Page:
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Northern commander visits Deh Cho
Trout Lake and Fort Simpson included in outreach tour

Roxanna Thompson
Northern News Services
Published Thursday, February 10, 2011

TROUT LAKE/FORT SIMPSON - The commander of Joint Task Force North now has a better understanding of two of the Deh Cho communities within his area of responsibility.

NNSL photo/graphic

Brig.-Gen. Guy Hamel, front left, shakes hands with Canadian Ranger Ernest Lomen while Chief Warrant Officer Gilles Laroche, back left, talks with Ranger Gilbert Lamalice during a parade in Trout Lake. - photo courtesy of Capt. Trevor Henderson

Brig.-Gen. Guy Hamel visited Trout Lake and Fort Simpson on Feb. 7, the first day of an outreach tour. The tour, which will last until Feb. 11 will also take Hamel to Whati, Fort Good Hope, Inuvik, Sachs Harbour, Paulatuk and Whitehorse.

When you see the communities you get a better idea of the area you are covering, Hamel said. Hamel also uses the tours as an opportunity to discuss Joint Task Force North's (JTFN) goals with the Canadian Rangers, Junior Canadian Rangers and cadets in the area and to build good relations with local leaders.

"I'm very lucky to travel and to meet with people," he said.

In Trout Lake Hamel was given a tour of the community and met with Chief Dolphus Jumbo and band manager Ruby Jumbo. He also attended a parade and ceremony organized by the Trout Lake Canadian Ranger patrol.

The Rangers don't often get visits like this one to the community, said Sgt. Phoebe Punch, who's in command of the patrol.

"It was an exciting day for them," she said.

The Trout Lake Rangers know the land around their community and the people. In the case of an emergency JTFN knows it can count on them, Hamel said.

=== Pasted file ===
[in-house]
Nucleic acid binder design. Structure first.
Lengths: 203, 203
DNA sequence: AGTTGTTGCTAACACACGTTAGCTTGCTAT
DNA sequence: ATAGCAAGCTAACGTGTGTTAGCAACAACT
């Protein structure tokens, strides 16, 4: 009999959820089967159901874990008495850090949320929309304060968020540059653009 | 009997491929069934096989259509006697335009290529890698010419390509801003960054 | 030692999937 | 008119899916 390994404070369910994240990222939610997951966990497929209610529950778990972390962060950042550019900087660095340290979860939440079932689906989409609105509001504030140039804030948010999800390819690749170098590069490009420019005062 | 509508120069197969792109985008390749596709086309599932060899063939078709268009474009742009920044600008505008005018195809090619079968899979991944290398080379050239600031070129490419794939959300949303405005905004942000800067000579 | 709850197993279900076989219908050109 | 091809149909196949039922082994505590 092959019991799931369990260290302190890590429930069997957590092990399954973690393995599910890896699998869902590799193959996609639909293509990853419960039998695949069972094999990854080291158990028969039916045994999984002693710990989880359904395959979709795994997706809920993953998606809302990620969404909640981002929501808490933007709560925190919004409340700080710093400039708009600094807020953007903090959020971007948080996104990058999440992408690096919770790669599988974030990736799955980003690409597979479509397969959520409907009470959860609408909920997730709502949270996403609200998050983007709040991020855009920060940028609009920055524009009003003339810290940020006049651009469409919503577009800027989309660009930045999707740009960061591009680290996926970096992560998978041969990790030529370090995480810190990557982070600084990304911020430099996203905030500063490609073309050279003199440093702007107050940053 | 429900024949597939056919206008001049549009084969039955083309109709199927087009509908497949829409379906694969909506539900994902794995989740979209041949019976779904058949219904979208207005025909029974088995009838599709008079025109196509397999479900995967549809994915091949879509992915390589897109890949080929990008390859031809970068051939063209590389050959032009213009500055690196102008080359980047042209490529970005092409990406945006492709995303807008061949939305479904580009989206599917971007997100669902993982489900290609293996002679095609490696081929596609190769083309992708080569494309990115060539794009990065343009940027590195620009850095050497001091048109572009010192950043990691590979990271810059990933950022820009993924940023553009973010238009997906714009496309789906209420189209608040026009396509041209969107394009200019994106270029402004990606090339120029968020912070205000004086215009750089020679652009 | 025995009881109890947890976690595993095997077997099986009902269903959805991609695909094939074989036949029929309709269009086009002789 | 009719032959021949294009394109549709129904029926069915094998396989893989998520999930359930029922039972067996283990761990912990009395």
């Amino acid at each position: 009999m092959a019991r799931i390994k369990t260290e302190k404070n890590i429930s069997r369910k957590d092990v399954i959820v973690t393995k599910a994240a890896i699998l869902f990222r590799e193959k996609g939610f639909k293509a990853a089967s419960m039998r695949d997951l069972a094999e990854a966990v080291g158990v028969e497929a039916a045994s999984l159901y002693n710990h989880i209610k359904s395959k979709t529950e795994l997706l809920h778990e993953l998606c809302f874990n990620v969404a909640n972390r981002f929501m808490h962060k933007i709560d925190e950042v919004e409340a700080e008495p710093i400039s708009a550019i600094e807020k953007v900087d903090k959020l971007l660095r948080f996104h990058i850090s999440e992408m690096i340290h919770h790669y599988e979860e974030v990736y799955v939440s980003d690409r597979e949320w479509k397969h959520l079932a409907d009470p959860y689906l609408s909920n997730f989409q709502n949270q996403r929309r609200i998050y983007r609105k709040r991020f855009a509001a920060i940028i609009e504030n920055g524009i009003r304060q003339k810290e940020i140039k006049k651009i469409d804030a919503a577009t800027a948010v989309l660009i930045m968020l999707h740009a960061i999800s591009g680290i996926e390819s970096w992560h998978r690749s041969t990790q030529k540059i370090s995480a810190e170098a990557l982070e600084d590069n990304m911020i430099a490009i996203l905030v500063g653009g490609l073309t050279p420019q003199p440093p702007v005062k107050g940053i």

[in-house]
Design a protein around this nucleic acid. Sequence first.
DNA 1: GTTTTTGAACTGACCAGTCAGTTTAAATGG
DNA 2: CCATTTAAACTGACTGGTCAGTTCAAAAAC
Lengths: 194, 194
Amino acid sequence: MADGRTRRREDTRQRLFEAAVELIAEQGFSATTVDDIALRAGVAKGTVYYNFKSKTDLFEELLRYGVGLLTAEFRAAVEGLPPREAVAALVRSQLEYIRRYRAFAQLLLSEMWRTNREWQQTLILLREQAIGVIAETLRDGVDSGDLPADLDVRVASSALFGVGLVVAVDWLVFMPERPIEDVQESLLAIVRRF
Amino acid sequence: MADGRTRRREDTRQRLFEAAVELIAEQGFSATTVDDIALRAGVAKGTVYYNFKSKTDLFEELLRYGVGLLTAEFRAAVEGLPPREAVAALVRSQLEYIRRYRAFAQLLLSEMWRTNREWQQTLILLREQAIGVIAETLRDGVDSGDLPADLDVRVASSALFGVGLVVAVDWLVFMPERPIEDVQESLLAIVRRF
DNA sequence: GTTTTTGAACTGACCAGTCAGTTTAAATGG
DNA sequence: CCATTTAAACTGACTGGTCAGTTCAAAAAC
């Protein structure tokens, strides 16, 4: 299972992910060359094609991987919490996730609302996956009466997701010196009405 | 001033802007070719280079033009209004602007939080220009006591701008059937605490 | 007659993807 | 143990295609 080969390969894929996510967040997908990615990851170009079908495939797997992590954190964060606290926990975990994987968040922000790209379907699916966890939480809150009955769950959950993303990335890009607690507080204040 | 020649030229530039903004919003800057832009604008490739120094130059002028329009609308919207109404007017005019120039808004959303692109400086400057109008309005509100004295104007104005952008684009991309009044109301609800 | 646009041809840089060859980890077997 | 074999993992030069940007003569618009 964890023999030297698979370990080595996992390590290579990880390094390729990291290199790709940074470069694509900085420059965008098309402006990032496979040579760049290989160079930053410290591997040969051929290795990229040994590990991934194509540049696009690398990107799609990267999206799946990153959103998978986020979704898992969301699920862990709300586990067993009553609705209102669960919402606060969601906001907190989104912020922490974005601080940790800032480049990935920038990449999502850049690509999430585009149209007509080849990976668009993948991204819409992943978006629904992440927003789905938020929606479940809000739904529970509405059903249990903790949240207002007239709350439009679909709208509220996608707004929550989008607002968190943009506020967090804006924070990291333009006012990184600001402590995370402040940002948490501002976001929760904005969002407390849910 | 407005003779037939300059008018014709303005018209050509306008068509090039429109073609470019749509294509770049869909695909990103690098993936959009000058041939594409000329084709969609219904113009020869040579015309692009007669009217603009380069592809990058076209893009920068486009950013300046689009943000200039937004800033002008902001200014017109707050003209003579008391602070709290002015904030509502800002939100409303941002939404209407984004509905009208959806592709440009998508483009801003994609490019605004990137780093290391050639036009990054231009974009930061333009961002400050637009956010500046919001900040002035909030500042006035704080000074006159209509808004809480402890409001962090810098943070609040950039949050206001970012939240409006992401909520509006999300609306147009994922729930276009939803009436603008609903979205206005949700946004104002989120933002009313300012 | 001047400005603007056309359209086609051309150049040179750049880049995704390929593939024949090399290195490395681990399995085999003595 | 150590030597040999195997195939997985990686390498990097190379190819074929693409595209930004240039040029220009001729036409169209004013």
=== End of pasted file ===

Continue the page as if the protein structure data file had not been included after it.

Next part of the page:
"They're very proud and honoured of serving," he said.

The Rangers are a part of the community and without the community's support the patrol wouldn't survive, he said. A number of elders and the students from Charles Tetcho School watched the parade and ceremony.

"I hope that will encourage them to follow in their (the Ranger's) footsteps," Hamel said of the students.

In Fort Simpson on Monday evening, Hamel attended a formal ceremony with the 2860 Royal Canadian Army Cadet Corps that included an inspection and a march.

"They are the future leaders of the North," Hamel said.

Both cadets and the Junior Canadian Rangers are beneficial programs that give youth the opportunity to develop leadership skills, he said. During the ceremony Hamel recognized three cadets, Sgt. Tyler Pilling, Sgt. Nikita Larter and Sgt. Jennifer Gast for their excellent performances in the first part of the training year. He also oversaw the promotion of a number of the cadets.

"It really is a big honour to be recognized by people whose concerns are so much larger than the day-to-day runnings of the corps," said Lt. Steve Nicoll, the commanding officer for 2860.

Nicoll said the corps only runs because of all of the leaders and parents who give their time. They don't receive enough recognition for their efforts, he said.

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